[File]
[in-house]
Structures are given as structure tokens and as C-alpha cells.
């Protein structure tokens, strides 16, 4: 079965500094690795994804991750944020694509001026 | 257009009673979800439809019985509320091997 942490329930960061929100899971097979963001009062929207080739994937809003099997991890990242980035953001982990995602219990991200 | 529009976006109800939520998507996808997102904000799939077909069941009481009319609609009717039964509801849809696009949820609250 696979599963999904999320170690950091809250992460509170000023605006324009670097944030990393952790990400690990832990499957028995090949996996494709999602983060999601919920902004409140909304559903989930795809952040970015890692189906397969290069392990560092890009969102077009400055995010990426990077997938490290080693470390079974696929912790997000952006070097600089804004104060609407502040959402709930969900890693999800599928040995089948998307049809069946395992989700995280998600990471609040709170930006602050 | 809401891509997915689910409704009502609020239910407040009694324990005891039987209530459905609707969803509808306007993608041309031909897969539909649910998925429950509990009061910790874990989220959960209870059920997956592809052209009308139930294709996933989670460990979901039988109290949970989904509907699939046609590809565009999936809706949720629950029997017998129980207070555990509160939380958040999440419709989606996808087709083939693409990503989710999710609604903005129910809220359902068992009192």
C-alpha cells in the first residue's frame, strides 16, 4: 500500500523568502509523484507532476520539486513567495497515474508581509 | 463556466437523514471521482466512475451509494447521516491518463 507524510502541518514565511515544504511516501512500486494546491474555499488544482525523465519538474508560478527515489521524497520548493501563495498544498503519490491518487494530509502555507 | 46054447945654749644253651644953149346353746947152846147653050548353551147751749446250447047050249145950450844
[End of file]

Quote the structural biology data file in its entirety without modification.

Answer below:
[in-house]
Structures are given as structure tokens and as C-alpha cells.
């Protein structure tokens, strides 16, 4: 079965500094690795994804991750944020694509001026 | 257009009673979800439809019985509320091997 942490329930960061929100899971097979963001009062929207080739994937809003099997991890990242980035953001982990995602219990991200 | 529009976006109800939520998507996808997102904000799939077909069941009481009319609609009717039964509801849809696009949820609250 696979599963999904999320170690950091809250992460509170000023605006324009670097944030990393952790990400690990832990499957028995090949996996494709999602983060999601919920902004409140909304559903989930795809952040970015890692189906397969290069392990560092890009969102077009400055995010990426990077997938490290080693470390079974696929912790997000952006070097600089804004104060609407502040959402709930969900890693999800599928040995089948998307049809069946395992989700995280998600990471609040709170930006602050 | 809401891509997915689910409704009502609020239910407040009694324990005891039987209530459905609707969803509808306007993608041309031909897969539909649910998925429950509990009061910790874990989220959960209870059920997956592809052209009308139930294709996933989670460990979901039988109290949970989904509907699939046609590809565009999936809706949720629950029997017998129980207070555990509160939380958040999440419709989606996808087709083939693409990503989710999710609604903005129910809220359902068992009192």
C-alpha cells in the first residue's frame, strides 16, 4: 500500500523568502509523484507532476520539486513567495497515474508581509 | 463556466437523514471521482466512475451509494447521516491518463 507524510502541518514565511515544504511516501512500486494546491474555499488544482525523465519538474508560478527515489521524497520548493501563495498544498503519490491518487494530509502555507 | 46054447945654749644253651644953149346353746947152846147653050548353551147751749446250447047050249145950450844